Oil prices surge on reports of Iraq attacks


Iranian militia leaders killed

Reports that US airstrikes may have killed a senior Iranian commander saw crude oil prices surge in Asian trading this morning. In a knee-jerk reaction, West Texas Intermediate (WTI) prices jumped almost 4% to reach the highest level since April 30, amid concerns about supply disruptions. The jump was the biggest since September 16, the day of the attacks on Saudi Arabian processing facilities. In response, an Iranian Revolutionary Guard Corps officer said that Iran would take “revenge” on the US for the deaths.

The 55-day moving average has moved above the 200-day moving average at $57.768 for the first time since September 12. The May 2019 high is at $63.792.


WTI Daily Chart

Source: OANDA fxTrade


Equities pressured, gold gains

The reported attacks have taken the edge off risk appetite during the Asian session, with stock markets giving back most of yesterday’s gains, while safe-haven plays into gold and the Japanese yen were evident. US indices slid between 0.84% and 0.98%, with the NAS100 index under-performing, while Japan225 futures tumbled 1.64%, given Japan’s dependence on oil imports. Recall that Japan’s cash markets will be closed until Monday due to an extended holiday.

The risk-off mood sent gold prices higher, extending the current bullish run to an eighth consecutive day and hitting the highest level in four months.


Gold Daily Chart

Source: OANDA fxTrade


More RRR cuts to come?

The financial press in China was awash with talk that the People’s Bank of China could be cutting the Reserve Ratio Requirement again in the near future. A PBOC official had said that the reserve ratio is still high by global standards, and can be adjusted further. On January 1 the PBOC announced a 50 bps reduction in the RRR for all banks to 12.5%, effective January 6, and it was the eighth cut since early 2018. The China50 index jumped to a near two-year high on the news yesterday, but has given back most of those gains this morning.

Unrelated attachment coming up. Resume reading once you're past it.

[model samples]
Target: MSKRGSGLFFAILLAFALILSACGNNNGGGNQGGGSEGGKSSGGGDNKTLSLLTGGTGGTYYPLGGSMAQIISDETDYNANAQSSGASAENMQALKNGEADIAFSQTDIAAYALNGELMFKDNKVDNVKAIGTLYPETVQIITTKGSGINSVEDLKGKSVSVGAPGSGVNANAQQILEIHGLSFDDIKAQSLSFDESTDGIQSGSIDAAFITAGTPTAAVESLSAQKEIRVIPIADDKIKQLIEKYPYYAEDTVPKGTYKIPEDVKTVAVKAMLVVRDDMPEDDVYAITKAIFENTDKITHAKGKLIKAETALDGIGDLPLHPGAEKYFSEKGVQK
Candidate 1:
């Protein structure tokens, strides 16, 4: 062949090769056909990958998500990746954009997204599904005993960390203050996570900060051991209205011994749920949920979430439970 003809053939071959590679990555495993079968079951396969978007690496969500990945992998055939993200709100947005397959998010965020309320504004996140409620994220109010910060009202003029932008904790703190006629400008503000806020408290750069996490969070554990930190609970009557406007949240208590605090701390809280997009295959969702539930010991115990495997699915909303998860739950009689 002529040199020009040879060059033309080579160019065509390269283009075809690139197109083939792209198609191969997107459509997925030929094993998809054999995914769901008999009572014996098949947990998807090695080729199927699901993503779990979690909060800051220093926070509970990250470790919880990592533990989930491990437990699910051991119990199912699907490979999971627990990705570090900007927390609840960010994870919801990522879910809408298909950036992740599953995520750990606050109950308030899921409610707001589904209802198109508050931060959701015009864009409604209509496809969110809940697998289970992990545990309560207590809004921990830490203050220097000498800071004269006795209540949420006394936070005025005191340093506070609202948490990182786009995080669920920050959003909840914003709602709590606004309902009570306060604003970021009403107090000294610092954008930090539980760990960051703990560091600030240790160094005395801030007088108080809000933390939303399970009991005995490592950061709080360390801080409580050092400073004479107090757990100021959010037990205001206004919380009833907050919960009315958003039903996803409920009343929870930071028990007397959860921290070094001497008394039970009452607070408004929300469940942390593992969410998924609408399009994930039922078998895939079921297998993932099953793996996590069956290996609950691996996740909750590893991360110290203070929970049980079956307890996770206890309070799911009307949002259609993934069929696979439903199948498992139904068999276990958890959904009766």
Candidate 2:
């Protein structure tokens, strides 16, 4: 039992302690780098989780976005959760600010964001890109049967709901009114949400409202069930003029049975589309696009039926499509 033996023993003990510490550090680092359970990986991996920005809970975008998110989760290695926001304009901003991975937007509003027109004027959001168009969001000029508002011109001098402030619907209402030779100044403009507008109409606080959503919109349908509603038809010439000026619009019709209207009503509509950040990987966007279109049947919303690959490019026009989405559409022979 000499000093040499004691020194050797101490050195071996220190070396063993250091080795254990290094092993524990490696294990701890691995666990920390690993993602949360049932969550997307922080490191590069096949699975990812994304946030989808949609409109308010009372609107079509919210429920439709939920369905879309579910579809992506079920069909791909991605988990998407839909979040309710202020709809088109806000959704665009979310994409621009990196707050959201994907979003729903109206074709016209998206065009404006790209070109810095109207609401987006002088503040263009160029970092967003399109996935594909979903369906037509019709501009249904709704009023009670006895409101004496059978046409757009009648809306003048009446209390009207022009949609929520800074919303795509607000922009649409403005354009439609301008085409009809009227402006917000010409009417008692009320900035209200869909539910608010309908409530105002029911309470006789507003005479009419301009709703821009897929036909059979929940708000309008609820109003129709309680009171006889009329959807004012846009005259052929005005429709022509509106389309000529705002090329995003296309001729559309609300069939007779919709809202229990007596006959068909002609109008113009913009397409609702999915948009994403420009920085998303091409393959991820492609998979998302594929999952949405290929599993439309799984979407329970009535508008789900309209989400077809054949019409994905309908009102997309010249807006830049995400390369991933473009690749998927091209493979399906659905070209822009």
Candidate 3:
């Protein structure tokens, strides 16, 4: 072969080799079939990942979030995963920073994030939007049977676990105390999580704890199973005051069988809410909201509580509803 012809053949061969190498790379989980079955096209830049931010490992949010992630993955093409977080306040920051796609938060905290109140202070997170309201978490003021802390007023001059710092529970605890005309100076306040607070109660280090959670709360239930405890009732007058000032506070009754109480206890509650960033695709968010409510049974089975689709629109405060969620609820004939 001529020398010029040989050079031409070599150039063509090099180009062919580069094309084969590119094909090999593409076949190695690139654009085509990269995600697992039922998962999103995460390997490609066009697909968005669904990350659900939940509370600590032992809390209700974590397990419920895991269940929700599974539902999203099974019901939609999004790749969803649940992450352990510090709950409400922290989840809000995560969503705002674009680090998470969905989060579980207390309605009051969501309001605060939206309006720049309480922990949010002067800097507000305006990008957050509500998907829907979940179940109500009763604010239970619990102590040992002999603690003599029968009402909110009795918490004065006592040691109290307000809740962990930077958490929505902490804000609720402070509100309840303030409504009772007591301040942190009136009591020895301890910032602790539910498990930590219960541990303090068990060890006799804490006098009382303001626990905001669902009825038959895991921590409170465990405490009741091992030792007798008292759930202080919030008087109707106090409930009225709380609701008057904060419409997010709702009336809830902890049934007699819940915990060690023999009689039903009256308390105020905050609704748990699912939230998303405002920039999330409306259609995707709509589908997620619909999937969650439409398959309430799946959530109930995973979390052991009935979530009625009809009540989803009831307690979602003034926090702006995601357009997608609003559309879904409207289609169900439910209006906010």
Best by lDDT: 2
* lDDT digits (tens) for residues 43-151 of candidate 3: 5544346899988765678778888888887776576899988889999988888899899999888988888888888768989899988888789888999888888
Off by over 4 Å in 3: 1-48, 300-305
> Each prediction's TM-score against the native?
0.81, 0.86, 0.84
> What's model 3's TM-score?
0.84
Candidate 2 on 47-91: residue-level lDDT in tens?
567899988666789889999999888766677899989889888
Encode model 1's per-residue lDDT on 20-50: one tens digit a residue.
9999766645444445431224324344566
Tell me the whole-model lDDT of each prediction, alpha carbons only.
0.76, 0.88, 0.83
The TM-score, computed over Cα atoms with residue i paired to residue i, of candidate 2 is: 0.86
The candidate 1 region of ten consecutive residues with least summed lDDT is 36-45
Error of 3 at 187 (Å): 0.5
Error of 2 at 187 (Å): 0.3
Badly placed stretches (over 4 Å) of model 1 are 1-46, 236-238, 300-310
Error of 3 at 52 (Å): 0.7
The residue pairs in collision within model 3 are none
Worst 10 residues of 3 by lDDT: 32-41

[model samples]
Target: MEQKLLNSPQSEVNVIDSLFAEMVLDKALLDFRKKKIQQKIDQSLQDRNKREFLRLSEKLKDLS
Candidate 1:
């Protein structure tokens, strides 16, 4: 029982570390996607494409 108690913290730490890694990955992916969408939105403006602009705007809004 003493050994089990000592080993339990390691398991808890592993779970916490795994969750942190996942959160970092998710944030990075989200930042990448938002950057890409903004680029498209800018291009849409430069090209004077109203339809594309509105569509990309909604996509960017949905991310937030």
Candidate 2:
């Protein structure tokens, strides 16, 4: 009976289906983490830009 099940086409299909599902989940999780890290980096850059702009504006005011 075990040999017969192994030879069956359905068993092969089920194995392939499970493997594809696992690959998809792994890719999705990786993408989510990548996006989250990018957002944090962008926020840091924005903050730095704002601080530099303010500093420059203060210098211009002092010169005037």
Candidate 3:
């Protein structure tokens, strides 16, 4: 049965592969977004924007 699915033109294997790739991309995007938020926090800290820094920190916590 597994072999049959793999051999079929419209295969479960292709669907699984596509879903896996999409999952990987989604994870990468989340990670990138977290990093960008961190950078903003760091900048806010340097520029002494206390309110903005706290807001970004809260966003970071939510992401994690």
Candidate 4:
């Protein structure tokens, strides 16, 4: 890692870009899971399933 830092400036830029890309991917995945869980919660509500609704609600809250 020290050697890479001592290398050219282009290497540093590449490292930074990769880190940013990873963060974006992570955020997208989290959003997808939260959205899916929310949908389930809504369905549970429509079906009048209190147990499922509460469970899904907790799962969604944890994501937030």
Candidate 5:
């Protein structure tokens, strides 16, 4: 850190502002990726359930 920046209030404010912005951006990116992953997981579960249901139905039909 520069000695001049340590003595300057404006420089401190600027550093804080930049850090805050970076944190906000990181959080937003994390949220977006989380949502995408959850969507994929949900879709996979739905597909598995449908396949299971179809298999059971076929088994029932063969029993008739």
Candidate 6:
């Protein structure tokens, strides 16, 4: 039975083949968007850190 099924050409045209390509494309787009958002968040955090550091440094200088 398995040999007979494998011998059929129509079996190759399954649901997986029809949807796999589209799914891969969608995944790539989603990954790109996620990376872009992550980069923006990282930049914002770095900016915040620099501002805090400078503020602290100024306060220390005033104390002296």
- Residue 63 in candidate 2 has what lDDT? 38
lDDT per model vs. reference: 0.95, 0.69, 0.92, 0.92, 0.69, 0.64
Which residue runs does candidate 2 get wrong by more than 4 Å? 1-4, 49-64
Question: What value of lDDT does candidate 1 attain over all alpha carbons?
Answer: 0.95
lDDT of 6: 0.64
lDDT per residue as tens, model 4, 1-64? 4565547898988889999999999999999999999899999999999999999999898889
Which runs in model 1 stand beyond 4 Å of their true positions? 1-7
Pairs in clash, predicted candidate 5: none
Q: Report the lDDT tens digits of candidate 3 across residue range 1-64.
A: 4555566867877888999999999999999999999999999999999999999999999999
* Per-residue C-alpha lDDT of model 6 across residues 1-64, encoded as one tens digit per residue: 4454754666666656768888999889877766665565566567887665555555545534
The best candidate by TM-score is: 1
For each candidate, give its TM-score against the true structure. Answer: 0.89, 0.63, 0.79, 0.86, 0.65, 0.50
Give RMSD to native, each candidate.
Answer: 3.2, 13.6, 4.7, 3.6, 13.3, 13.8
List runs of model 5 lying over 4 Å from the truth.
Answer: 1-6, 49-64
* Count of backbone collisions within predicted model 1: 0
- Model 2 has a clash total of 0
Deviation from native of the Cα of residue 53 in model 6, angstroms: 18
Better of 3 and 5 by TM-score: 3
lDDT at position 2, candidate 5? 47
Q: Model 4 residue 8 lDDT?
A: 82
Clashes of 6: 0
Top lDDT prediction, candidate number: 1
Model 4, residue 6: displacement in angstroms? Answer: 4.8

US PMI data on tap

The calendar is starting to get busier after the holiday period, with UK house prices from Nationwide for December, Hong Kong retail sales (that’s not likely to be an encouraging number), December’s German unemployment rate and provisional consumer prices all scheduled.

The US session features the ISM manufacturing PMI for December, which is expected to improve to 49.0 from 48.1, though would still be below the 50 contraction/expansion threshold for a fifth straight month. The minutes of the pre-Christmas FOMC meeting complete today’s session.


The full MarketPulse data calendar can be viewed at https://www.marketpulse.com/economic-events/



This article is for general information purposes only. It is not investment advice or a solution to buy or sell securities. Opinions are the authors; not necessarily that of OANDA Corporation or any of its affiliates, subsidiaries, officers or directors. Leveraged trading is high risk and not suitable for all. You could lose all of your deposited funds.

Andrew Robinson

Andrew Robinson

Senior Market Analyst at MarketPulse
A seasoned professional with more than 30 years’ experience in foreign exchange, interest rates and commodities, Andrew Robinson is a senior market analyst with OANDA, responsible for providing timely and relevant market commentary and live market analysis throughout the Asia-Pacific region. Having previously worked in Europe, since moving to Singapore he worked with several leading institutions including Bloomberg, Saxo Capital Markets and Informa Global Markets, proving FX strategies based on a combination of technical and fundamental analysis as well as market flow information. Andrew began his career as an FX dealer with NatWest and the Royal Bank of Scotland in the UK.
Andrew Robinson

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